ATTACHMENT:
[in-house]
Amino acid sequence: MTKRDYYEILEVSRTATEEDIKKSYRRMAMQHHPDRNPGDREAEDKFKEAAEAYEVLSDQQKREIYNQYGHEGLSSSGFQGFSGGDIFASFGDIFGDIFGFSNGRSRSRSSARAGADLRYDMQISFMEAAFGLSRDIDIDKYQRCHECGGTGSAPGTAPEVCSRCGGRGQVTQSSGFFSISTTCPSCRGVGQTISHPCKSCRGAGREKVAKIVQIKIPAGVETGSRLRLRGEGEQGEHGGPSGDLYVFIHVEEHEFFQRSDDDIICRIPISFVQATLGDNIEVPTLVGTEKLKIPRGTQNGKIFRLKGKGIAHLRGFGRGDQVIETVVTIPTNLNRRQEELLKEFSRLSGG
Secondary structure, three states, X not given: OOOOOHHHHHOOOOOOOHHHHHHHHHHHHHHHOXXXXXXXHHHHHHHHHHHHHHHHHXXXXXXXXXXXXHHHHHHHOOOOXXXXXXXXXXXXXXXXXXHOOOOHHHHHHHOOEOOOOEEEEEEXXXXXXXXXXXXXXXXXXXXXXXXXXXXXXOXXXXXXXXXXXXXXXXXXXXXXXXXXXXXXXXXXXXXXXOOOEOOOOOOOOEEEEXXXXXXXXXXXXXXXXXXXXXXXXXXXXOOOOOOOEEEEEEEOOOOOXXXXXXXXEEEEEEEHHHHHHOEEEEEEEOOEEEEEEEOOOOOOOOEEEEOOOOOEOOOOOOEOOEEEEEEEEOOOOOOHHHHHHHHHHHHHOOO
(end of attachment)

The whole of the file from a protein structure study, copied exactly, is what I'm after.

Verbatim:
[in-house]
Amino acid sequence: MTKRDYYEILEVSRTATEEDIKKSYRRMAMQHHPDRNPGDREAEDKFKEAAEAYEVLSDQQKREIYNQYGHEGLSSSGFQGFSGGDIFASFGDIFGDIFGFSNGRSRSRSSARAGADLRYDMQISFMEAAFGLSRDIDIDKYQRCHECGGTGSAPGTAPEVCSRCGGRGQVTQSSGFFSISTTCPSCRGVGQTISHPCKSCRGAGREKVAKIVQIKIPAGVETGSRLRLRGEGEQGEHGGPSGDLYVFIHVEEHEFFQRSDDDIICRIPISFVQATLGDNIEVPTLVGTEKLKIPRGTQNGKIFRLKGKGIAHLRGFGRGDQVIETVVTIPTNLNRRQEELLKEFSRLSGG
Secondary structure, three states, X not given: OOOOOHHHHHOOOOOOOHHHHHHHHHHHHHHHOXXXXXXXHHHHHHHHHHHHHHHHHXXXXXXXXXXXXHHHHHHHOOOOXXXXXXXXXXXXXXXXXXHOOOOHHHHHHHOOEOOOOEEEEEEXXXXXXXXXXXXXXXXXXXXXXXXXXXXXXOXXXXXXXXXXXXXXXXXXXXXXXXXXXXXXXXXXXXXXXOOOEOOOOOOOOEEEEXXXXXXXXXXXXXXXXXXXXXXXXXXXXOOOOOOOEEEEEEEOOOOOXXXXXXXXEEEEEEEHHHHHHOEEEEEEEOOEEEEEEEOOOOOOOOEEEEOOOOOEOOOOOOEOOEEEEEEEEOOOOOOHHHHHHHHHHHHHOOO